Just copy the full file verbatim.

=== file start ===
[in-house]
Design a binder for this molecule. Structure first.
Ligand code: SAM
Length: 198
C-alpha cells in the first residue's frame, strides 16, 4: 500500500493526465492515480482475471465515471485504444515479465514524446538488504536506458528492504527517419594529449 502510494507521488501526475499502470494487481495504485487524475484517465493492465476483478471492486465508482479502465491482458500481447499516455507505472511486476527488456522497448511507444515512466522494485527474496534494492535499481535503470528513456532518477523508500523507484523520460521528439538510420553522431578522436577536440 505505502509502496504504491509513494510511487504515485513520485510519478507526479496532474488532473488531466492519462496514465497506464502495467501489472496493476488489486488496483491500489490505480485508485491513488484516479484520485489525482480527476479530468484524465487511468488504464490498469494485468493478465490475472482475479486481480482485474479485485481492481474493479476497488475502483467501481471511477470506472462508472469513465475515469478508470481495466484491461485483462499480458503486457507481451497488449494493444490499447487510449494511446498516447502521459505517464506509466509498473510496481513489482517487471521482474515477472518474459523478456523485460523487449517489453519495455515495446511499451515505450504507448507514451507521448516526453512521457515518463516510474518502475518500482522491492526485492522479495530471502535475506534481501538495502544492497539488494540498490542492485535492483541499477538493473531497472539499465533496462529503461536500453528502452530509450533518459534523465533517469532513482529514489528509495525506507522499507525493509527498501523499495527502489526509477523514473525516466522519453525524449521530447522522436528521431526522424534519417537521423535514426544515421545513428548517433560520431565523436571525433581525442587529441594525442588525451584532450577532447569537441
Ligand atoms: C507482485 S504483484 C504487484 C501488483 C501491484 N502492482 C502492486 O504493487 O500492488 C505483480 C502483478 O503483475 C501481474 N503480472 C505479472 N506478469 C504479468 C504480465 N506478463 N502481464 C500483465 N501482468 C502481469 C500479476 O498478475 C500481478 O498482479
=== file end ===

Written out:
[in-house]
Design a binder for this molecule. Structure first.
Ligand code: SAM
Length: 198
C-alpha cells in the first residue's frame, strides 16, 4: 500500500493526465492515480482475471465515471485504444515479465514524446538488504536506458528492504527517419594529449 502510494507521488501526475499502470494487481495504485487524475484517465493492465476483478471492486465508482479502465491482458500481447499516455507505472511486476527488456522497448511507444515512466522494485527474496534494492535499481535503470528513456532518477523508500523507484523520460521528439538510420553522431578522436577536440 505505502509502496504504491509513494510511487504515485513520485510519478507526479496532474488532473488531466492519462496514465497506464502495467501489472496493476488489486488496483491500489490505480485508485491513488484516479484520485489525482480527476479530468484524465487511468488504464490498469494485468493478465490475472482475479486481480482485474479485485481492481474493479476497488475502483467501481471511477470506472462508472469513465475515469478508470481495466484491461485483462499480458503486457507481451497488449494493444490499447487510449494511446498516447502521459505517464506509466509498473510496481513489482517487471521482474515477472518474459523478456523485460523487449517489453519495455515495446511499451515505450504507448507514451507521448516526453512521457515518463516510474518502475518500482522491492526485492522479495530471502535475506534481501538495502544492497539488494540498490542492485535492483541499477538493473531497472539499465533496462529503461536500453528502452530509450533518459534523465533517469532513482529514489528509495525506507522499507525493509527498501523499495527502489526509477523514473525516466522519453525524449521530447522522436528521431526522424534519417537521423535514426544515421545513428548517433560520431565523436571525433581525442587529441594525442588525451584532450577532447569537441
Ligand atoms: C507482485 S504483484 C504487484 C501488483 C501491484 N502492482 C502492486 O504493487 O500492488 C505483480 C502483478 O503483475 C501481474 N503480472 C505479472 N506478469 C504479468 C504480465 N506478463 N502481464 C500483465 N501482468 C502481469 C500479476 O498478475 C500481478 O498482479